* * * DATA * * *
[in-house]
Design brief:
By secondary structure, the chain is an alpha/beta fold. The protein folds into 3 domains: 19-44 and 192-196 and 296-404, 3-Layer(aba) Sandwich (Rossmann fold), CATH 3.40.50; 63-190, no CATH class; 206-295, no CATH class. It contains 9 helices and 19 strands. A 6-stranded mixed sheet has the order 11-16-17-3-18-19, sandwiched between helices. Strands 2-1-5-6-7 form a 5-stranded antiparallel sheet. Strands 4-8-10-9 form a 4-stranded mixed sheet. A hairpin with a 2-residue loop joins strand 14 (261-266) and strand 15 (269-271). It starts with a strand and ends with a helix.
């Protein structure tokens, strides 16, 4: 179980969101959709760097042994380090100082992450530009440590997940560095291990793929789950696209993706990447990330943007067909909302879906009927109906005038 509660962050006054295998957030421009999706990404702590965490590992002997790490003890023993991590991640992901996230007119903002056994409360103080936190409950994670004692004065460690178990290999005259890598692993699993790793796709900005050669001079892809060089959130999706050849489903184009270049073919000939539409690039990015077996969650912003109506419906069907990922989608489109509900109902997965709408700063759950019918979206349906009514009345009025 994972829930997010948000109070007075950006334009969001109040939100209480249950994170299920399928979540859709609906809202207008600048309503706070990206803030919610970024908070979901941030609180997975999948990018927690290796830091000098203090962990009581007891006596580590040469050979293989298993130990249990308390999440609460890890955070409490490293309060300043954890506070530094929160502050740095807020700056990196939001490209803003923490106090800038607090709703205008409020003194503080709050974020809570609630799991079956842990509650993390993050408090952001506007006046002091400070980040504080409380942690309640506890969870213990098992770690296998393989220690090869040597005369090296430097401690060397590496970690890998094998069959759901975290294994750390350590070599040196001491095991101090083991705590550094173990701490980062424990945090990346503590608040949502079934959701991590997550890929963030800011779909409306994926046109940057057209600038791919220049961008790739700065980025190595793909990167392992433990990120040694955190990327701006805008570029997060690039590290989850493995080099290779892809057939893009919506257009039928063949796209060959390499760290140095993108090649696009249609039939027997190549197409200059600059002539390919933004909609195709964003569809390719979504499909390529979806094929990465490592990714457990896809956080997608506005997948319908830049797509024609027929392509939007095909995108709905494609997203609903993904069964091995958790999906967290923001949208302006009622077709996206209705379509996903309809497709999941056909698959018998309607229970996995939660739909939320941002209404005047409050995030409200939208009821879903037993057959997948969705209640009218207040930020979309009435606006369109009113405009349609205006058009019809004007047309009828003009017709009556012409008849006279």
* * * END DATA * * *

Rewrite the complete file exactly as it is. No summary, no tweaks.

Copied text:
[in-house]
Design brief:
By secondary structure, the chain is an alpha/beta fold. The protein folds into 3 domains: 19-44 and 192-196 and 296-404, 3-Layer(aba) Sandwich (Rossmann fold), CATH 3.40.50; 63-190, no CATH class; 206-295, no CATH class. It contains 9 helices and 19 strands. A 6-stranded mixed sheet has the order 11-16-17-3-18-19, sandwiched between helices. Strands 2-1-5-6-7 form a 5-stranded antiparallel sheet. Strands 4-8-10-9 form a 4-stranded mixed sheet. A hairpin with a 2-residue loop joins strand 14 (261-266) and strand 15 (269-271). It starts with a strand and ends with a helix.
């Protein structure tokens, strides 16, 4: 179980969101959709760097042994380090100082992450530009440590997940560095291990793929789950696209993706990447990330943007067909909302879906009927109906005038 509660962050006054295998957030421009999706990404702590965490590992002997790490003890023993991590991640992901996230007119903002056994409360103080936190409950994670004692004065460690178990290999005259890598692993699993790793796709900005050669001079892809060089959130999706050849489903184009270049073919000939539409690039990015077996969650912003109506419906069907990922989608489109509900109902997965709408700063759950019918979206349906009514009345009025 994972829930997010948000109070007075950006334009969001109040939100209480249950994170299920399928979540859709609906809202207008600048309503706070990206803030919610970024908070979901941030609180997975999948990018927690290796830091000098203090962990009581007891006596580590040469050979293989298993130990249990308390999440609460890890955070409490490293309060300043954890506070530094929160502050740095807020700056990196939001490209803003923490106090800038607090709703205008409020003194503080709050974020809570609630799991079956842990509650993390993050408090952001506007006046002091400070980040504080409380942690309640506890969870213990098992770690296998393989220690090869040597005369090296430097401690060397590496970690890998094998069959759901975290294994750390350590070599040196001491095991101090083991705590550094173990701490980062424990945090990346503590608040949502079934959701991590997550890929963030800011779909409306994926046109940057057209600038791919220049961008790739700065980025190595793909990167392992433990990120040694955190990327701006805008570029997060690039590290989850493995080099290779892809057939893009919506257009039928063949796209060959390499760290140095993108090649696009249609039939027997190549197409200059600059002539390919933004909609195709964003569809390719979504499909390529979806094929990465490592990714457990896809956080997608506005997948319908830049797509024609027929392509939007095909995108709905494609997203609903993904069964091995958790999906967290923001949208302006009622077709996206209705379509996903309809497709999941056909698959018998309607229970996995939660739909939320941002209404005047409050995030409200939208009821879903037993057959997948969705209640009218207040930020979309009435606006369109009113405009349609205006058009019809004007047309009828003009017709009556012409008849006279």